Calendar An icon of a desk calendar. Cancel An icon of a circle with a diagonal line across. Caret An icon of a block arrow pointing to the right. Email An icon of a paper envelope. Facebook An icon of the Facebook "f" mark. Google An icon of the Google "G" mark. Linked In An icon of the Linked In "in" mark. Logout An icon representing logout. Profile An icon that resembles human head and shoulders. Telephone An icon of a traditional telephone receiver. Tick An icon of a tick mark. Is Public An icon of a human eye and eyelashes. Is Not Public An icon of a human eye and eyelashes with a diagonal line through it. Pause Icon A two-lined pause icon for stopping interactions. Quote Mark A opening quote mark. Quote Mark A closing quote mark. Arrow An icon of an arrow. Folder An icon of a paper folder. Breaking An icon of an exclamation mark on a circular background. Camera An icon of a digital camera. Caret An icon of a caret arrow. Clock An icon of a clock face. Close An icon of the an X shape. Close Icon An icon used to represent where to interact to collapse or dismiss a component Comment An icon of a speech bubble. Comments An icon of a speech bubble, denoting user comments. Ellipsis An icon of 3 horizontal dots. Envelope An icon of a paper envelope. Facebook An icon of a facebook f logo. Camera An icon of a digital camera. Home An icon of a house. Instagram An icon of the Instagram logo. LinkedIn An icon of the LinkedIn logo. Magnifying Glass An icon of a magnifying glass. Search Icon A magnifying glass icon that is used to represent the function of searching. Menu An icon of 3 horizontal lines. Hamburger Menu Icon An icon used to represent a collapsed menu. Next An icon of an arrow pointing to the right. Notice An explanation mark centred inside a circle. Previous An icon of an arrow pointing to the left. Rating An icon of a star. Tag An icon of a tag. Twitter An icon of the Twitter logo. Video Camera An icon of a video camera shape. Speech Bubble Icon A icon displaying a speech bubble WhatsApp An icon of the WhatsApp logo. Information An icon of an information logo. Plus A mathematical 'plus' symbol. Duration An icon indicating Time. Success Tick An icon of a green tick. Success Tick Timeout An icon of a greyed out success tick. Loading Spinner An icon of a loading spinner.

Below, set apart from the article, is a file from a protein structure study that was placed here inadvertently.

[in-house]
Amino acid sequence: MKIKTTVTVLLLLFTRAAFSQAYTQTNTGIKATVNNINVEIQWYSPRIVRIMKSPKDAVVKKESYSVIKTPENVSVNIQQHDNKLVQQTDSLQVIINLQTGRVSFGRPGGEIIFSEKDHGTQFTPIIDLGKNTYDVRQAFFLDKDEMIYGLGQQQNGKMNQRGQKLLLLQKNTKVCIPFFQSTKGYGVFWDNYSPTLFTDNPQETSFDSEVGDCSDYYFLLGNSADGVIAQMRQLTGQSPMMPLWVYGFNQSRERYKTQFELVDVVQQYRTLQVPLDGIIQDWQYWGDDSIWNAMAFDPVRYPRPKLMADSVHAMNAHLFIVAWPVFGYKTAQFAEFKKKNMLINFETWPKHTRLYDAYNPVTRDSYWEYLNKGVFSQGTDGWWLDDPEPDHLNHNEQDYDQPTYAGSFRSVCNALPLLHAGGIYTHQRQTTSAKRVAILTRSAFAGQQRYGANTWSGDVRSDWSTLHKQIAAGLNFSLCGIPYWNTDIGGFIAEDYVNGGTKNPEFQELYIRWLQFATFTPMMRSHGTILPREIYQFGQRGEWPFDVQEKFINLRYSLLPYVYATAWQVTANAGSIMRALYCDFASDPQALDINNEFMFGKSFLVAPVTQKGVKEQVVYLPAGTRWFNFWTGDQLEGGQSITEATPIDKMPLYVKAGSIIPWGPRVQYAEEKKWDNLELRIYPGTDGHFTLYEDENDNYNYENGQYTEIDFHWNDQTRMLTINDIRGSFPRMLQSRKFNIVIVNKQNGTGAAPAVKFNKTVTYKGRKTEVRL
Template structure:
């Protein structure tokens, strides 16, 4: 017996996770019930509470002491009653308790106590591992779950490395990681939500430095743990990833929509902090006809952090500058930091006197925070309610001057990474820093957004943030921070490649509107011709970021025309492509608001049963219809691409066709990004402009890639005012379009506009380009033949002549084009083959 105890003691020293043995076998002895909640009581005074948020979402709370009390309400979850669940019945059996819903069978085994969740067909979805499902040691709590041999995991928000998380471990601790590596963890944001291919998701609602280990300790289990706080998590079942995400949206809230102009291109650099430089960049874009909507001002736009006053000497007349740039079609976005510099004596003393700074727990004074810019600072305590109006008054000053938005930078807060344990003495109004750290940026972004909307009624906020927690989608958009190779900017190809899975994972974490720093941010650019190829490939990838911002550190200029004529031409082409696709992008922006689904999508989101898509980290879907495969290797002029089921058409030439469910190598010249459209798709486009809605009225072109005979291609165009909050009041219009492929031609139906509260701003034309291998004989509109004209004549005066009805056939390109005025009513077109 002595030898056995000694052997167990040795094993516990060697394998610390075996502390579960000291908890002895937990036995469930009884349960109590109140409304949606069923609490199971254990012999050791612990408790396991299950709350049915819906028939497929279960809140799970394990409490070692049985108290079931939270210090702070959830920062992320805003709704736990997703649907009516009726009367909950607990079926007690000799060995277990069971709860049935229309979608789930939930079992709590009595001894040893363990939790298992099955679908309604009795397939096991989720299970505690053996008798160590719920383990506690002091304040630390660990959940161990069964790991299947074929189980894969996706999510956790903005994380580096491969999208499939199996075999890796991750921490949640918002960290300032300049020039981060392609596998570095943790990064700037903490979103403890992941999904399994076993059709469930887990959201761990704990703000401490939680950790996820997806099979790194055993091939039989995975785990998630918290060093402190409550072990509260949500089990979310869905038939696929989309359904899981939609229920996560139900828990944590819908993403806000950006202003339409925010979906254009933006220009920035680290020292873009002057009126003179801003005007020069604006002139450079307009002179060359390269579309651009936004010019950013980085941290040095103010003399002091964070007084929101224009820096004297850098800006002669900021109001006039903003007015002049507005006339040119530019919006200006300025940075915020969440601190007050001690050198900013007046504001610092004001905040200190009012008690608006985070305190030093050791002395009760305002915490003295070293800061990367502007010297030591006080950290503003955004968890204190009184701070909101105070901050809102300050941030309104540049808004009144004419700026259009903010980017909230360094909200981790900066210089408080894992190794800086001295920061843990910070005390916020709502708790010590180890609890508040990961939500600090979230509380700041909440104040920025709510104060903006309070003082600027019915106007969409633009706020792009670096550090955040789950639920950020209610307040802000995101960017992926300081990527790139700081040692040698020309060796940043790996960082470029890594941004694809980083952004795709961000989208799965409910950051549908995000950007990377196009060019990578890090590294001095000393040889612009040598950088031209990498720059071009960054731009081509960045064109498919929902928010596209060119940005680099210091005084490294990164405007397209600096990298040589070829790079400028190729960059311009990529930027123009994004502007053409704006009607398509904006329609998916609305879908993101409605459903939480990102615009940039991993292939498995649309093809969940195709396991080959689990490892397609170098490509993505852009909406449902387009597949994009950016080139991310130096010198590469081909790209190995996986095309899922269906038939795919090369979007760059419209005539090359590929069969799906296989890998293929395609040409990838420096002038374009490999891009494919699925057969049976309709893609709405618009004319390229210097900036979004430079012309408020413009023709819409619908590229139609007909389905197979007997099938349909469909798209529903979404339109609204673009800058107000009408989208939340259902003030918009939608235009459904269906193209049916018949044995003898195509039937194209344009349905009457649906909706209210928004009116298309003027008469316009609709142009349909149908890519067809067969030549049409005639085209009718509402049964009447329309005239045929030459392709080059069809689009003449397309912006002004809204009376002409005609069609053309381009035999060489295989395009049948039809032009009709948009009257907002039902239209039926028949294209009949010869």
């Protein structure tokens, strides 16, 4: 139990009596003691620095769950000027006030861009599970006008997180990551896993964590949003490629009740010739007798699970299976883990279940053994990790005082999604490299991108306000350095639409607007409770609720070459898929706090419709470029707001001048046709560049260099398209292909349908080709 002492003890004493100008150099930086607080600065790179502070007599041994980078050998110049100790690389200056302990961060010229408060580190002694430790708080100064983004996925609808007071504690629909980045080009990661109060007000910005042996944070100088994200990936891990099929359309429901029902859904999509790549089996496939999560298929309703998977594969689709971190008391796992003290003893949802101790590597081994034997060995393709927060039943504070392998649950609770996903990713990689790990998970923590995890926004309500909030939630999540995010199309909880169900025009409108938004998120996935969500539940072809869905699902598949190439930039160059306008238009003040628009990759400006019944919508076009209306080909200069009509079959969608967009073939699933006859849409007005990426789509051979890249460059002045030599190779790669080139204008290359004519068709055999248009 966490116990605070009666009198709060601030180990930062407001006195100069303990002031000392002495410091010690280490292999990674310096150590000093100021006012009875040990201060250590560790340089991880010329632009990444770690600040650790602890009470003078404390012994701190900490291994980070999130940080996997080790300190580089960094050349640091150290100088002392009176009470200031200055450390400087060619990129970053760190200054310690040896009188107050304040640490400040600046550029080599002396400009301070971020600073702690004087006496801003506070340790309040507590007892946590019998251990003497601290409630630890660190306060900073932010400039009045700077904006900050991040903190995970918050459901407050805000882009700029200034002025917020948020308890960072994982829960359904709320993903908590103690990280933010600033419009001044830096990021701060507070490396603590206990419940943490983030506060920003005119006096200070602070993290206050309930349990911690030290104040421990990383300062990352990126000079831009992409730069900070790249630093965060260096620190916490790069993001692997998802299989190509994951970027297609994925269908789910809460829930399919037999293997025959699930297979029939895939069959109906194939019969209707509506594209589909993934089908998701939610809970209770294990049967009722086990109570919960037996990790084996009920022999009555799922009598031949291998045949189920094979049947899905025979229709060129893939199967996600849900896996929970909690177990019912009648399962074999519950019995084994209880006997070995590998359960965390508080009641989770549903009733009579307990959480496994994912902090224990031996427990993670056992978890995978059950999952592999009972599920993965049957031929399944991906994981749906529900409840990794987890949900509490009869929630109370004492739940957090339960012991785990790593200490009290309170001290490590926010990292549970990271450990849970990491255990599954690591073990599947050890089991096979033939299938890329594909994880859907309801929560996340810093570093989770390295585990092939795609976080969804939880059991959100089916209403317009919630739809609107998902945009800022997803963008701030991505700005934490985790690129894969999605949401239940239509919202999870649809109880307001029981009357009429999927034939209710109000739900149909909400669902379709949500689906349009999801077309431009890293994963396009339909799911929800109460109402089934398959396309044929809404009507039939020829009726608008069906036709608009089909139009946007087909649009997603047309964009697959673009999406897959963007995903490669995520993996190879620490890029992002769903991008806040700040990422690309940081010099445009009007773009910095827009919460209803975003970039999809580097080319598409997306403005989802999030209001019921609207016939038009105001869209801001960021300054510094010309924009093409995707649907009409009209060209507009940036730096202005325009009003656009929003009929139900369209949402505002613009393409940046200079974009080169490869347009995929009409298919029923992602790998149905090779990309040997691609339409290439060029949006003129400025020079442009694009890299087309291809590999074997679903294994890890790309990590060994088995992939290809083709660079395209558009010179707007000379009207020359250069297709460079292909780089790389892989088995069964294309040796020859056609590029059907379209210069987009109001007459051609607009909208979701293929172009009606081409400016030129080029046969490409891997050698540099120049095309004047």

More than half of Fife secondary pupils not engaging with schools’ home learning

Schools are using systems including GLOW to send pupils work.
Schools are using systems including GLOW to send pupils work.

More than half of Fife’s secondary pupils and one in four primary pupils were not engaging with schools’ home learning at the end of April.

Figures compiled by Fife Council showed participation rates of 42% for secondary school pupils and 77% for primary school pupils in the last week of April.

Engagement was lowest, 39%, in schools in the Auchmuty and Viewforth high school catchment areas in Glenrothes and Kirkcaldy and highest, 84%, in Dunfermline and St Columba’s high school catchments.

However, by the middle of May the proportion of pupils engaging had risen to 63% at secondary level and 81% at primary.

While schools are closed during the coronavirus pandemic teachers are issuing work for children to do at home and communicating with them using systems including the Scottish schools national intranet, GLOW.

Engagement, the council said, had increased but further improvement was needed and teachers were supporting families where barriers were identified.

However, Fife councillor Linda Holt, the parent of a high school pupil, said: “I shudder to think how far missing three months of schooling has set back Fife’s pupils.”

The independent member for East Neuk and Landward welcomed information provided to councillors from the education service but said it remained unclear what engagement constituted.

She said: “It could be as little as opening a book once or a single online assignment.”

She also said there was no analysis of the impact of prolonged social isolation on children and teenagers.

The report, which was seen by The Courier, said lack of IT availability or skills was the biggest barrier to engagement.

Some parents had also chosen to do their own home schooling or focused on wellbeing rather than education.

Pupil motivation, parents working from home, additional support needs and stress, anxiety and illness within families were further factors.

The report said devices and IT advice had been provided to some families and work undertaken with O2 to provide 4G WiFi hotspots where broadband was poor.

Further support by phone calls, text and email had also been given to some families and more individual work planned.

Shelagh McLean, head of education, said: “I’m immensely proud of the way our teachers have risen to the challenges we’ve faced over the last few months and the improving levels of engagement that we see our pupils enjoying as they learn at home.

“We’re all learning over the course of this crisis – virtual classrooms are now the new normal – and it’s testament to huge efforts by staff and parents that children are continuing their learning in this way.”

Already a subscriber? Sign in

[[title]]

[[text]]